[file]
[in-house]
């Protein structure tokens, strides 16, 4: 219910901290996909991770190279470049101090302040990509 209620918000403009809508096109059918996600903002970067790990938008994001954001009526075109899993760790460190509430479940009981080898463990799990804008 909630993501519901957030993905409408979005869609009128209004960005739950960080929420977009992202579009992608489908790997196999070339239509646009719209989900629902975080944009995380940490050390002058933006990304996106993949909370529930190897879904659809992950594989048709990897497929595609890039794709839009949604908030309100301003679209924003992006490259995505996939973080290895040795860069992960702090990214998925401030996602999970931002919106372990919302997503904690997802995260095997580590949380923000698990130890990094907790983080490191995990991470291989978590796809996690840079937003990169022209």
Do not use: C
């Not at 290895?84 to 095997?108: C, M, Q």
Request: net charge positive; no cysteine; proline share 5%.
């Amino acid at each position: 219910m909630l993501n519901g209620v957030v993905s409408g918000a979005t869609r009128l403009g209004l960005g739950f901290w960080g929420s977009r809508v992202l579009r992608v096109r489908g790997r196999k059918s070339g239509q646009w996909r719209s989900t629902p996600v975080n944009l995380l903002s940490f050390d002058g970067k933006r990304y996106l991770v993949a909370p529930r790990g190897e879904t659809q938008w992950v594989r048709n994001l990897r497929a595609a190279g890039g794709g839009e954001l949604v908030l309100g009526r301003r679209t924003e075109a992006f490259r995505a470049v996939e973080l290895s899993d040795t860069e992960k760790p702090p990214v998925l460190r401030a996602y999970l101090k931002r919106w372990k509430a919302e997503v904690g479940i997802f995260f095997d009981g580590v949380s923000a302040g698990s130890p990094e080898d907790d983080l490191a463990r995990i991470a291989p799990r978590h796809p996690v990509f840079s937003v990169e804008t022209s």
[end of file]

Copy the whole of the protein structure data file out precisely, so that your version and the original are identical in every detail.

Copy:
[in-house]
């Protein structure tokens, strides 16, 4: 219910901290996909991770190279470049101090302040990509 209620918000403009809508096109059918996600903002970067790990938008994001954001009526075109899993760790460190509430479940009981080898463990799990804008 909630993501519901957030993905409408979005869609009128209004960005739950960080929420977009992202579009992608489908790997196999070339239509646009719209989900629902975080944009995380940490050390002058933006990304996106993949909370529930190897879904659809992950594989048709990897497929595609890039794709839009949604908030309100301003679209924003992006490259995505996939973080290895040795860069992960702090990214998925401030996602999970931002919106372990919302997503904690997802995260095997580590949380923000698990130890990094907790983080490191995990991470291989978590796809996690840079937003990169022209």
Do not use: C
């Not at 290895?84 to 095997?108: C, M, Q």
Request: net charge positive; no cysteine; proline share 5%.
């Amino acid at each position: 219910m909630l993501n519901g209620v957030v993905s409408g918000a979005t869609r009128l403009g209004l960005g739950f901290w960080g929420s977009r809508v992202l579009r992608v096109r489908g790997r196999k059918s070339g239509q646009w996909r719209s989900t629902p996600v975080n944009l995380l903002s940490f050390d002058g970067k933006r990304y996106l991770v993949a909370p529930r790990g190897e879904t659809q938008w992950v594989r048709n994001l990897r497929a595609a190279g890039g794709g839009e954001l949604v908030l309100g009526r301003r679209t924003e075109a992006f490259r995505a470049v996939e973080l290895s899993d040795t860069e992960k760790p702090p990214v998925l460190r401030a996602y999970l101090k931002r919106w372990k509430a919302e997503v904690g479940i997802f995260f095997d009981g580590v949380s923000a302040g698990s130890p990094e080898d907790d983080l490191a463990r995990i991470a291989p799990r978590h796809p996690v990509f840079s937003v990169e804008t022209s």